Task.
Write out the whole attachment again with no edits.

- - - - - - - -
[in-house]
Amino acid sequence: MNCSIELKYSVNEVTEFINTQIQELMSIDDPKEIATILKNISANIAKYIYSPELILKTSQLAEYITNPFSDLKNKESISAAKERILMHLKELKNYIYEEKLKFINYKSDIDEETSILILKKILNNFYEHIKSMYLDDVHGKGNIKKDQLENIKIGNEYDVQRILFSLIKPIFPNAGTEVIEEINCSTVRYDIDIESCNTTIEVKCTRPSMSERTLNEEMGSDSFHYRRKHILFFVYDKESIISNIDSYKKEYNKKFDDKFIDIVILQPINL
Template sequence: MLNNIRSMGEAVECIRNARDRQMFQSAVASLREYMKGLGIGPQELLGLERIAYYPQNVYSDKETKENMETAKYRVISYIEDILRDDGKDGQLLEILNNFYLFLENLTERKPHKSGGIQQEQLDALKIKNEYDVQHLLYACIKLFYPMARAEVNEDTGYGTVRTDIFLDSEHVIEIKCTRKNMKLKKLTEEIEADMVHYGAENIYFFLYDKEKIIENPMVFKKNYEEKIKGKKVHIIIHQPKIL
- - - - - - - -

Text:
[in-house]
Amino acid sequence: MNCSIELKYSVNEVTEFINTQIQELMSIDDPKEIATILKNISANIAKYIYSPELILKTSQLAEYITNPFSDLKNKESISAAKERILMHLKELKNYIYEEKLKFINYKSDIDEETSILILKKILNNFYEHIKSMYLDDVHGKGNIKKDQLENIKIGNEYDVQRILFSLIKPIFPNAGTEVIEEINCSTVRYDIDIESCNTTIEVKCTRPSMSERTLNEEMGSDSFHYRRKHILFFVYDKESIISNIDSYKKEYNKKFDDKFIDIVILQPINL
Template sequence: MLNNIRSMGEAVECIRNARDRQMFQSAVASLREYMKGLGIGPQELLGLERIAYYPQNVYSDKETKENMETAKYRVISYIEDILRDDGKDGQLLEILNNFYLFLENLTERKPHKSGGIQQEQLDALKIKNEYDVQHLLYACIKLFYPMARAEVNEDTGYGTVRTDIFLDSEHVIEIKCTRKNMKLKKLTEEIEADMVHYGAENIYFFLYDKEKIIENPMVFKKNYEEKIKGKKVHIIIHQPKIL